Puerto Rican company Caribbean Biotechnologies Inc. was recently granted approval by the Ministry of Health of Haiti to conduct clinical studies to test its new technology for the instantaneous detection of Tuberculosis in patients, in partnership with International Child Care’s Grace Children’s Hospital in Port-Au-Prince, Haiti.
CBT has developed a device that enables the instant detection of airborne transmitted diseases such as TB.
“It uses a revolutionary and patented technique of optical detection, a large improvement from current technologies where the identification requires longer waiting periods,” said company President Jorge E. González.
The system developed by CBT is capable of detecting and identifying bacteria and fungi spores in open environments or in patients with air-borne transmitted infectious diseases such as TB. It also has the potential to detect and identify viruses.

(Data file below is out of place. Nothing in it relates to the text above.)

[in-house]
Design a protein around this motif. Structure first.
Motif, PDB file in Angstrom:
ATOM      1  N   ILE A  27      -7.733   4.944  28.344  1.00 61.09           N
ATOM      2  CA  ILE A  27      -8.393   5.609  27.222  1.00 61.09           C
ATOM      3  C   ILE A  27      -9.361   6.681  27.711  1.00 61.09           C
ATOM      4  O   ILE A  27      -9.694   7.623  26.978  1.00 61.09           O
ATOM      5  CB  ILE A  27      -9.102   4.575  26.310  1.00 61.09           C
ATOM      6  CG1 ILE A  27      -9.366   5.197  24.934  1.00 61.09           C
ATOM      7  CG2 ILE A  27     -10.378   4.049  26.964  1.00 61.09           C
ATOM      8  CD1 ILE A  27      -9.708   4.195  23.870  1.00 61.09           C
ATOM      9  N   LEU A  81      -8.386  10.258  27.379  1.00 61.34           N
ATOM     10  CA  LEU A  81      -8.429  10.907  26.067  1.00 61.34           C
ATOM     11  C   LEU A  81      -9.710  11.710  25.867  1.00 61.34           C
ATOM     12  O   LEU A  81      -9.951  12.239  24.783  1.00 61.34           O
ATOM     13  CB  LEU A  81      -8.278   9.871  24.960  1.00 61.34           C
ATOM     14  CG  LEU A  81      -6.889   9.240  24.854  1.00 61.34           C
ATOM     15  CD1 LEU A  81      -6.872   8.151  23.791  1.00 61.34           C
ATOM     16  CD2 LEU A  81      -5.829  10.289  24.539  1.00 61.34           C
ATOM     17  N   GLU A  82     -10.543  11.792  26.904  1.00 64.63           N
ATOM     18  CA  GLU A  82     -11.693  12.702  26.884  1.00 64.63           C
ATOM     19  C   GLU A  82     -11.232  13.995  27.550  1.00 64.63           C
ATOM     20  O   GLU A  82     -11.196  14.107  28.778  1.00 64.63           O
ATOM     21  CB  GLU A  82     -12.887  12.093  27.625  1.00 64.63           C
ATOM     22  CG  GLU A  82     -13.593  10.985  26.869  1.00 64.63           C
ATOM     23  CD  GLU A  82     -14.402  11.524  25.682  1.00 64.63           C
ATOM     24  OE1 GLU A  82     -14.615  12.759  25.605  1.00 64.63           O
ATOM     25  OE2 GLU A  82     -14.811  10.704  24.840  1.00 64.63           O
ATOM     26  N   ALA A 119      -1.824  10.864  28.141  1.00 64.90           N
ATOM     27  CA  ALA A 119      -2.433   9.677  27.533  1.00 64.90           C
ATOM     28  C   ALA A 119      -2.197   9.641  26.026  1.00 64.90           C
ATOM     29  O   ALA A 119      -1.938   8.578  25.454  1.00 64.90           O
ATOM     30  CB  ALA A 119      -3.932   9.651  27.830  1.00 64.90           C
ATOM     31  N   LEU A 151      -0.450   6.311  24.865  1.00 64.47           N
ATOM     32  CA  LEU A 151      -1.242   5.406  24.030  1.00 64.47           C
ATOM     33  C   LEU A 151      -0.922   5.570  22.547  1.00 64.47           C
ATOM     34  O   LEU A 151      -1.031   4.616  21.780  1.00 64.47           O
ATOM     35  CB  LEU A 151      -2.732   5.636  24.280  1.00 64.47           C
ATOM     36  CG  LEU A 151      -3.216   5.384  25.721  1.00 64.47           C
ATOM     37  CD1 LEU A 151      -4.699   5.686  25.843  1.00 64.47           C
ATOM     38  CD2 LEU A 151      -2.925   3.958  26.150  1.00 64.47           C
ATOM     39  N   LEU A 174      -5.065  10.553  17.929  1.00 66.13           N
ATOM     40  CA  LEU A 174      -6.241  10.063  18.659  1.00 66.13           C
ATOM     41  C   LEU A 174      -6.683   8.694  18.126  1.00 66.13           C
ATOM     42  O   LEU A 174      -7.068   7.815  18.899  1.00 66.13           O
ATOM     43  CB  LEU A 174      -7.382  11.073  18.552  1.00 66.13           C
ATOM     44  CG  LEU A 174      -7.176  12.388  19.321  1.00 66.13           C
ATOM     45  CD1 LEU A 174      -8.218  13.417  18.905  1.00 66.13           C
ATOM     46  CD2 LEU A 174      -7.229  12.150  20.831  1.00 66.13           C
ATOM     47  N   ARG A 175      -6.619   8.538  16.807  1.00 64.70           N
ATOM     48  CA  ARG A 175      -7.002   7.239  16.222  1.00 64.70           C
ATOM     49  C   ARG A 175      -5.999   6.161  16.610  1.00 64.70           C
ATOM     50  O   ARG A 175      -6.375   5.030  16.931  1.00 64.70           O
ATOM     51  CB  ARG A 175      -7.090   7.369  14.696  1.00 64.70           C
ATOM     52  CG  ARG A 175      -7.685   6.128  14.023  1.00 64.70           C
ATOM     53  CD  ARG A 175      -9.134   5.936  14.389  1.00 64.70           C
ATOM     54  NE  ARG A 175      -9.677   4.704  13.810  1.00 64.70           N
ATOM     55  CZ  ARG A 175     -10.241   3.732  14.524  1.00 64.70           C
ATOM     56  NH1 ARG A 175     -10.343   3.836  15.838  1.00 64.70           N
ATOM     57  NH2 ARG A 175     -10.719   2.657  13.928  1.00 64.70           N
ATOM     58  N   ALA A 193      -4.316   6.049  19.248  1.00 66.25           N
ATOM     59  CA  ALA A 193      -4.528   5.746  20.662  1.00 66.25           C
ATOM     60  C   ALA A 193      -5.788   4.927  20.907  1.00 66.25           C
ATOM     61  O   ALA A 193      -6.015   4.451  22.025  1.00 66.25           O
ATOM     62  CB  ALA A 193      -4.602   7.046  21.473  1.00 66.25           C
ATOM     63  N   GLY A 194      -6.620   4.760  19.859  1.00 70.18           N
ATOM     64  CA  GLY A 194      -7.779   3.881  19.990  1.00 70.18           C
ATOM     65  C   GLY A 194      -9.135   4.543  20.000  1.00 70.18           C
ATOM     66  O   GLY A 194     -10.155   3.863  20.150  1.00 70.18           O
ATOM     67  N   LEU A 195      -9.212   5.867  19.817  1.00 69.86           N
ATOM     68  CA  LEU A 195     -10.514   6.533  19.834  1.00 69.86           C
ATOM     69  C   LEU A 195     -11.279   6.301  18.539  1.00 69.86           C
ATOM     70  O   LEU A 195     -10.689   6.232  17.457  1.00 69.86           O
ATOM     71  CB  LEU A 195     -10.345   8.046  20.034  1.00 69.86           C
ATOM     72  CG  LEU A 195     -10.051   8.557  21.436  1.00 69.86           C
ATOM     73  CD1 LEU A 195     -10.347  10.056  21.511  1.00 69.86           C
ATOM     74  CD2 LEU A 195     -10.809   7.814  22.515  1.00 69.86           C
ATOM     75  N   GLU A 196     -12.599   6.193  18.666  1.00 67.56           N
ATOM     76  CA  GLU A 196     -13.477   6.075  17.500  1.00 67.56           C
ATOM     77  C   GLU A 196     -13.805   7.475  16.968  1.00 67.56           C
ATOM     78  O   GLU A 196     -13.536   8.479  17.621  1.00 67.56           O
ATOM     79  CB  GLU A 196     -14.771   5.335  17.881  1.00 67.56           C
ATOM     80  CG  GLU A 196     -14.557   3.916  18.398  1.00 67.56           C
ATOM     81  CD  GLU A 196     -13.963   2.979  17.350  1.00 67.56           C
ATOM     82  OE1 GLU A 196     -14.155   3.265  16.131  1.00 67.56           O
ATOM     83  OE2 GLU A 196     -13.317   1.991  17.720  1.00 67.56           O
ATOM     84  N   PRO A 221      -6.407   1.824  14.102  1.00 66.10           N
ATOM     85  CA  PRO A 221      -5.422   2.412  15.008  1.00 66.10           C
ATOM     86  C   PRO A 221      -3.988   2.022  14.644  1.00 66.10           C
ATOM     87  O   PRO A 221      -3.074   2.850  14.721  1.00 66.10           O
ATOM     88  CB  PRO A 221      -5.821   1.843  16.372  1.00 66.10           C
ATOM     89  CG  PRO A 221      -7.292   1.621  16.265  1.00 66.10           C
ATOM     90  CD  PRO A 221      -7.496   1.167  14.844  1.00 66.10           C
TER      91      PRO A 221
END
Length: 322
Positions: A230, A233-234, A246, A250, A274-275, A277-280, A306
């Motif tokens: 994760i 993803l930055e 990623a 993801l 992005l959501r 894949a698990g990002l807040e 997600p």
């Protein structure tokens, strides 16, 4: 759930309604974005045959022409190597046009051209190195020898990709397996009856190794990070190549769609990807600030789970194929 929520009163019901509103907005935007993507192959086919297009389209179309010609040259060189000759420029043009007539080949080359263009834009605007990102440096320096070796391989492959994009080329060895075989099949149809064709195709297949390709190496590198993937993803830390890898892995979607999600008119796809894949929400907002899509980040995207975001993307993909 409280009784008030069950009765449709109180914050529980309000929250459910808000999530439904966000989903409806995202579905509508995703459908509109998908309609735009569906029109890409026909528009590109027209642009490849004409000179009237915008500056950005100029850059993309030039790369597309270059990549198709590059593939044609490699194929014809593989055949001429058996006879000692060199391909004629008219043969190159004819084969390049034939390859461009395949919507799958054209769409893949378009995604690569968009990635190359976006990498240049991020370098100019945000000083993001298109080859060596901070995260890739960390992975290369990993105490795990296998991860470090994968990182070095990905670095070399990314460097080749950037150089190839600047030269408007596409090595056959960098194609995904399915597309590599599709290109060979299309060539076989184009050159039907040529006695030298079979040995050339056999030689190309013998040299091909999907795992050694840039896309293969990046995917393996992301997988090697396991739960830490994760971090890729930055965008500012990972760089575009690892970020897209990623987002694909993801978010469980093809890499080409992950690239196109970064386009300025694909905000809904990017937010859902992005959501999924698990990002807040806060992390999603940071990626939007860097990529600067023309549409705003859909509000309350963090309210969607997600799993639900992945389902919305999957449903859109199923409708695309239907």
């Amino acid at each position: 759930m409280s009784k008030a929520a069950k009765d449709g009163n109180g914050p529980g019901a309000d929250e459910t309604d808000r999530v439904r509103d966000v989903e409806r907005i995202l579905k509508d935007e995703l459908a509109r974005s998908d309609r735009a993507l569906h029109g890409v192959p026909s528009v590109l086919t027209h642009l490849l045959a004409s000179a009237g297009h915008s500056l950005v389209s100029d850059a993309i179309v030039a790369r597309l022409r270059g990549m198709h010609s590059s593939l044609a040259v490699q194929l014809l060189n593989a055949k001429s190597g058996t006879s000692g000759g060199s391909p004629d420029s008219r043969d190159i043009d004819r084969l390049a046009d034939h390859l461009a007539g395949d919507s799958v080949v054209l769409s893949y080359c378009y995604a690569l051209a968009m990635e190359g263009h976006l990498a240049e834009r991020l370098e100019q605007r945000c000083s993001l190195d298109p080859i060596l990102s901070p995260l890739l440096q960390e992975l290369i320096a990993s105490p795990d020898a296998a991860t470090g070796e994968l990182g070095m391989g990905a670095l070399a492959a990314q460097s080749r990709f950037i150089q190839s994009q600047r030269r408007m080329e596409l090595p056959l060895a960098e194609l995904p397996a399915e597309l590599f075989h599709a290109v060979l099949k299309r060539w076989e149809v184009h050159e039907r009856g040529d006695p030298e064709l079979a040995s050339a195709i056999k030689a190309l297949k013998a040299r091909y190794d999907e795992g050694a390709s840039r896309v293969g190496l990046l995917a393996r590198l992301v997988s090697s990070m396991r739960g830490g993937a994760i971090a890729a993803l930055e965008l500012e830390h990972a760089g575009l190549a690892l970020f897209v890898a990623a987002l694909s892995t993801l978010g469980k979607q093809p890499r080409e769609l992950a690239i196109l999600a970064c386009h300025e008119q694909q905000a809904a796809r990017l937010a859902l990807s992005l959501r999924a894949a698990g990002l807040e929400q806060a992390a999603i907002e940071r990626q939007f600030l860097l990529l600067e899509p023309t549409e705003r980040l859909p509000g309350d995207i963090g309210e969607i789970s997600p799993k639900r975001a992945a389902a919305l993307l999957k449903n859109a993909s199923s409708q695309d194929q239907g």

Tuberculosis remains as one of the deadliest diseases worldwide, impacting more than 10 million patients per year, with a mortality rate of 2 million per year according to the World Health Organization.
The study will be conducted in partnership with International Child Care’s Grace Children’s Hospital starting in the fall 2015 in patients presenting TB symptoms. Haiti has one of the highest rates of Tuberculosis in the American continent. The study is a major step in the global approval of the technology.
The CBT technology was developed with a capital investment by of the Economic Development Bank, the Puerto Rico Science Trust, and the National Science Foundation.
“It is a real honor to be a part of this important achievement, not only because of the success of Caribbean Biotechnologies, but also for the great accomplishment that this new technology represents for the healthcare industry worldwide,” said EDB President Joey Cancel-Planas, adding the EDB has supported the project since its inception in 2008.